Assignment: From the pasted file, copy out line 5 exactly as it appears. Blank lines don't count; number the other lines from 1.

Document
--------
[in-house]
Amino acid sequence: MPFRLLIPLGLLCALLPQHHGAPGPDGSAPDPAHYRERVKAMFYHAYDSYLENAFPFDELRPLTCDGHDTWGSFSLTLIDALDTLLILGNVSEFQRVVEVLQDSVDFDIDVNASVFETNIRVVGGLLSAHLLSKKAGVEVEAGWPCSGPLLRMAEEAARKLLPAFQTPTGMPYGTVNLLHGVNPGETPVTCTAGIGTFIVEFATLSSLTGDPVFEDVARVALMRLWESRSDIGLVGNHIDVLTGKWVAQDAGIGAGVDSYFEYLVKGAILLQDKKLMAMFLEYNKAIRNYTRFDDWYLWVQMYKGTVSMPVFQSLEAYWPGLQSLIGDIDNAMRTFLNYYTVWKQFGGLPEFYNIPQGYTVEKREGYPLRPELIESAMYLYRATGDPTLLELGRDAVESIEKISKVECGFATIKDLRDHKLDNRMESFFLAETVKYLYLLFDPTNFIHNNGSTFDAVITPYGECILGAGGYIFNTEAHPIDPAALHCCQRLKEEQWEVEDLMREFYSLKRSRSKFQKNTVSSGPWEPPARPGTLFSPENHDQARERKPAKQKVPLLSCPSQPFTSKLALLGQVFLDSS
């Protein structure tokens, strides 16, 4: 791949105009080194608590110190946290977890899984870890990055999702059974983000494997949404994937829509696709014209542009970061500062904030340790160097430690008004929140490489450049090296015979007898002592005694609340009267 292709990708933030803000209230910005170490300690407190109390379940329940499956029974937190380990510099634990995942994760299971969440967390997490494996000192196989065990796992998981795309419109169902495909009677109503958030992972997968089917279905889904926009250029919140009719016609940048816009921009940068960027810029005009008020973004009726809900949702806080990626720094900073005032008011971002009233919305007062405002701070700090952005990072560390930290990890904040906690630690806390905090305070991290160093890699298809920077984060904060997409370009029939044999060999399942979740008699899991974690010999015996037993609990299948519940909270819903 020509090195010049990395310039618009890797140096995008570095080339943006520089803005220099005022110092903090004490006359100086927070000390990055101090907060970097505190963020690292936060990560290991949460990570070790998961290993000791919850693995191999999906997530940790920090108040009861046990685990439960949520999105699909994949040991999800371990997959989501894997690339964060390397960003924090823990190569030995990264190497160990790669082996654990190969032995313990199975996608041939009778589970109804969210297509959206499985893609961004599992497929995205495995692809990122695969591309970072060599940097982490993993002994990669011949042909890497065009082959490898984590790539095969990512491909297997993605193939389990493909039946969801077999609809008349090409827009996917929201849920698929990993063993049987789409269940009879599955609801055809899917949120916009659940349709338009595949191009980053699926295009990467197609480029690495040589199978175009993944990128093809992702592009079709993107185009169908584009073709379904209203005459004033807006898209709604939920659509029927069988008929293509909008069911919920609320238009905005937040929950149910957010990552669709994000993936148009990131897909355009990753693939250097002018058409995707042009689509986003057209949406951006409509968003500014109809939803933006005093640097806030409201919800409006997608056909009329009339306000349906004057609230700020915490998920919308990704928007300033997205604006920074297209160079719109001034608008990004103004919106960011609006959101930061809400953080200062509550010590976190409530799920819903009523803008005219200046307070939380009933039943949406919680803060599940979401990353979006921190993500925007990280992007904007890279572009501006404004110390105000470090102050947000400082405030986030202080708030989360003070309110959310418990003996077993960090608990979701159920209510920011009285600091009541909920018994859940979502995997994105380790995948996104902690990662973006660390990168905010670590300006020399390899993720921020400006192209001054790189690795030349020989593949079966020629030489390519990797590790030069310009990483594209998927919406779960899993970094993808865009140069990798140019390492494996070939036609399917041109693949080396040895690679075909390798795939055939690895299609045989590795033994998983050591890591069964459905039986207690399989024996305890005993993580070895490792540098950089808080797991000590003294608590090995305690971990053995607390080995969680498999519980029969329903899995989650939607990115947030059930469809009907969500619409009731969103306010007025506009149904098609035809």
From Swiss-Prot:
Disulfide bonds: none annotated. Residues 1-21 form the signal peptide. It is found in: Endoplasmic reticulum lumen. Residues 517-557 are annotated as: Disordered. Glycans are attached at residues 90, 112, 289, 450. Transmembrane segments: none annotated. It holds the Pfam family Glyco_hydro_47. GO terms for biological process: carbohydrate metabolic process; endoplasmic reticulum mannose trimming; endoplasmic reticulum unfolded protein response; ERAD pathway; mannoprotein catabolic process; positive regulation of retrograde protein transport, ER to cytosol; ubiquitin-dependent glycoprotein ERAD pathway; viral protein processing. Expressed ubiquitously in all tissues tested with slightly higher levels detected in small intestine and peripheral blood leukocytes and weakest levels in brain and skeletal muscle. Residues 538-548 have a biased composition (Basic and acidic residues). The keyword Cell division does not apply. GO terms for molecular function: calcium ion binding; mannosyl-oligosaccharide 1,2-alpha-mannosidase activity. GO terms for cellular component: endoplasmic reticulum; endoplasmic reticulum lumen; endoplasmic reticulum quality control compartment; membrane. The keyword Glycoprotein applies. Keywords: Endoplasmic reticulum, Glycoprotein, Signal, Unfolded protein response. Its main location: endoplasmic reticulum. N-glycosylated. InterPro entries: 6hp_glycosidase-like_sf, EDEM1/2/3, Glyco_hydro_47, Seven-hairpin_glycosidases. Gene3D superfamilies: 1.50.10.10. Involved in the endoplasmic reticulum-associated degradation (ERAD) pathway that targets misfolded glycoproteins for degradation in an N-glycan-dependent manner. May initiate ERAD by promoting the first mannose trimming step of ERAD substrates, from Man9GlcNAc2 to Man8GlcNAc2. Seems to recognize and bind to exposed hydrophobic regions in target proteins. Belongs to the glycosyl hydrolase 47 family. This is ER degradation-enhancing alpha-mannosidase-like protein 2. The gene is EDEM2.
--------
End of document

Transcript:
Disulfide bonds: none annotated. Residues 1-21 form the signal peptide. It is found in: Endoplasmic reticulum lumen. Residues 517-557 are annotated as: Disordered. Glycans are attached at residues 90, 112, 289, 450. Transmembrane segments: none annotated. It holds the Pfam family Glyco_hydro_47. GO terms for biological process: carbohydrate metabolic process; endoplasmic reticulum mannose trimming; endoplasmic reticulum unfolded protein response; ERAD pathway; mannoprotein catabolic process; positive regulation of retrograde protein transport, ER to cytosol; ubiquitin-dependent glycoprotein ERAD pathway; viral protein processing. Expressed ubiquitously in all tissues tested with slightly higher levels detected in small intestine and peripheral blood leukocytes and weakest levels in brain and skeletal muscle. Residues 538-548 have a biased composition (Basic and acidic residues). The keyword Cell division does not apply. GO terms for molecular function: calcium ion binding; mannosyl-oligosaccharide 1,2-alpha-mannosidase activity. GO terms for cellular component: endoplasmic reticulum; endoplasmic reticulum lumen; endoplasmic reticulum quality control compartment; membrane. The keyword Glycoprotein applies. Keywords: Endoplasmic reticulum, Glycoprotein, Signal, Unfolded protein response. Its main location: endoplasmic reticulum. N-glycosylated. InterPro entries: 6hp_glycosidase-like_sf, EDEM1/2/3, Glyco_hydro_47, Seven-hairpin_glycosidases. Gene3D superfamilies: 1.50.10.10. Involved in the endoplasmic reticulum-associated degradation (ERAD) pathway that targets misfolded glycoproteins for degradation in an N-glycan-dependent manner. May initiate ERAD by promoting the first mannose trimming step of ERAD substrates, from Man9GlcNAc2 to Man8GlcNAc2. Seems to recognize and bind to exposed hydrophobic regions in target proteins. Belongs to the glycosyl hydrolase 47 family. This is ER degradation-enhancing alpha-mannosidase-like protein 2. The gene is EDEM2.